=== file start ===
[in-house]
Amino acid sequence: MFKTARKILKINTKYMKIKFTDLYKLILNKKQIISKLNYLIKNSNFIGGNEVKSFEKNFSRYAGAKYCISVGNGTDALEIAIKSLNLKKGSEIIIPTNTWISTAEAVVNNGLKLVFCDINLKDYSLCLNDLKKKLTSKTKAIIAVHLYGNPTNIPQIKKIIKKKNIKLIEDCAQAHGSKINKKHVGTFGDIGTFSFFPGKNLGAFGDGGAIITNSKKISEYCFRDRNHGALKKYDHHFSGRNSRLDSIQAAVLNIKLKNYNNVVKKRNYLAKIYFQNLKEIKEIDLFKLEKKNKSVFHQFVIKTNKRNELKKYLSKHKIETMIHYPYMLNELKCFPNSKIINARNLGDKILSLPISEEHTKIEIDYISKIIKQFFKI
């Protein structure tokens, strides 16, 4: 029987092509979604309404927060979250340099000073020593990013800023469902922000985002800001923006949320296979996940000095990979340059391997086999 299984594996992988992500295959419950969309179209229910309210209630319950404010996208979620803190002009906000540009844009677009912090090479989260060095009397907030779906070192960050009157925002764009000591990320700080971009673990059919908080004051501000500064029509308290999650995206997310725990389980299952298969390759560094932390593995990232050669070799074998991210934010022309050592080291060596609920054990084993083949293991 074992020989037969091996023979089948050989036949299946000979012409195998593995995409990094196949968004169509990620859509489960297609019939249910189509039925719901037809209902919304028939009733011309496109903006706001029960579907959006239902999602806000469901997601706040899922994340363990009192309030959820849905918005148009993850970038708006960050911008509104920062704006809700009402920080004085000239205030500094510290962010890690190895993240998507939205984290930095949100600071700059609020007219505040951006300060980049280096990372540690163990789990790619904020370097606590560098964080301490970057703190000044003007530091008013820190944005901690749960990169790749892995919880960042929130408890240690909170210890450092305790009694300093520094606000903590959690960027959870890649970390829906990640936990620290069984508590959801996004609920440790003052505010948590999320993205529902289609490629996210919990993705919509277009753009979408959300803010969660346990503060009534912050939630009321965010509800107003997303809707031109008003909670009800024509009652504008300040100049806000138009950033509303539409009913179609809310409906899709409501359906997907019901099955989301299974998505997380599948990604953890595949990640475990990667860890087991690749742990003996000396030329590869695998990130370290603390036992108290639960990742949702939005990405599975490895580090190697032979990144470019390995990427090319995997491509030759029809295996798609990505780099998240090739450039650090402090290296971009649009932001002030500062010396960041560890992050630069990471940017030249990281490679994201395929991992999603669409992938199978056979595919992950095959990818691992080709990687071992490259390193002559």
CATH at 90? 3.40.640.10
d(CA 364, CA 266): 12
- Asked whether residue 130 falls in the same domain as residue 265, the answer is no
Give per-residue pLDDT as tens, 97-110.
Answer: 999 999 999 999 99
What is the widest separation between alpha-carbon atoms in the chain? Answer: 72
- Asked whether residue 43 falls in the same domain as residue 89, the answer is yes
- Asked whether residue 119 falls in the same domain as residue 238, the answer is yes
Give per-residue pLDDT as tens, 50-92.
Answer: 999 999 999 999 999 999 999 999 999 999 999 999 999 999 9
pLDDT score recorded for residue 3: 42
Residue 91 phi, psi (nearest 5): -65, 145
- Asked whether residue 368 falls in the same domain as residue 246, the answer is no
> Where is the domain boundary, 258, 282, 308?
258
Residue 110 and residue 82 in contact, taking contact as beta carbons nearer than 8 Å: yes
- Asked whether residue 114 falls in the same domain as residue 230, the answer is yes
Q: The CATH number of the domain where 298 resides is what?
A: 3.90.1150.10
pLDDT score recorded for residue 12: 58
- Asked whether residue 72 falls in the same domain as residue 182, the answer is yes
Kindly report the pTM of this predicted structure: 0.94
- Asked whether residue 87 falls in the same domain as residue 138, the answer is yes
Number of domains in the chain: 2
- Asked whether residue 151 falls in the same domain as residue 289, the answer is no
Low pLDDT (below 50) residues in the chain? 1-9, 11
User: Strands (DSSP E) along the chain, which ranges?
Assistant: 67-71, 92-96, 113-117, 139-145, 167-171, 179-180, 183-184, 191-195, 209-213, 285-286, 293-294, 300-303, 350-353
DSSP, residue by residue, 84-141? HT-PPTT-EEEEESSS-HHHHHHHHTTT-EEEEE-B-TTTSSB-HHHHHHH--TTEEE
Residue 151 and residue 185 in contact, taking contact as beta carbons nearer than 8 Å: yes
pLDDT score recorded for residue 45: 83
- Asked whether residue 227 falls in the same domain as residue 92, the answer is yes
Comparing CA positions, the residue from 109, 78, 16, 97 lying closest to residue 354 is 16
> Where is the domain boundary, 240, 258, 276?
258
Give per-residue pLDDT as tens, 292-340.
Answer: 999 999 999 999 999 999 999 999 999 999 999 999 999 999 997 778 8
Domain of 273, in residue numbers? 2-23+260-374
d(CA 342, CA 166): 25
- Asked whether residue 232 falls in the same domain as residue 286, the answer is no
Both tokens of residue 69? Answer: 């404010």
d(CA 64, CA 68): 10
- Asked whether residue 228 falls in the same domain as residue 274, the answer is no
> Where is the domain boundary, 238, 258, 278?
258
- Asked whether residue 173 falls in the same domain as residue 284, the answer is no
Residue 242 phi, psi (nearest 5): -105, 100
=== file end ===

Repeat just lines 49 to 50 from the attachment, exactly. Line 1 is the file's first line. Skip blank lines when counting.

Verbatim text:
- Asked whether residue 173 falls in the same domain as residue 284, the answer is no
Residue 242 phi, psi (nearest 5): -105, 100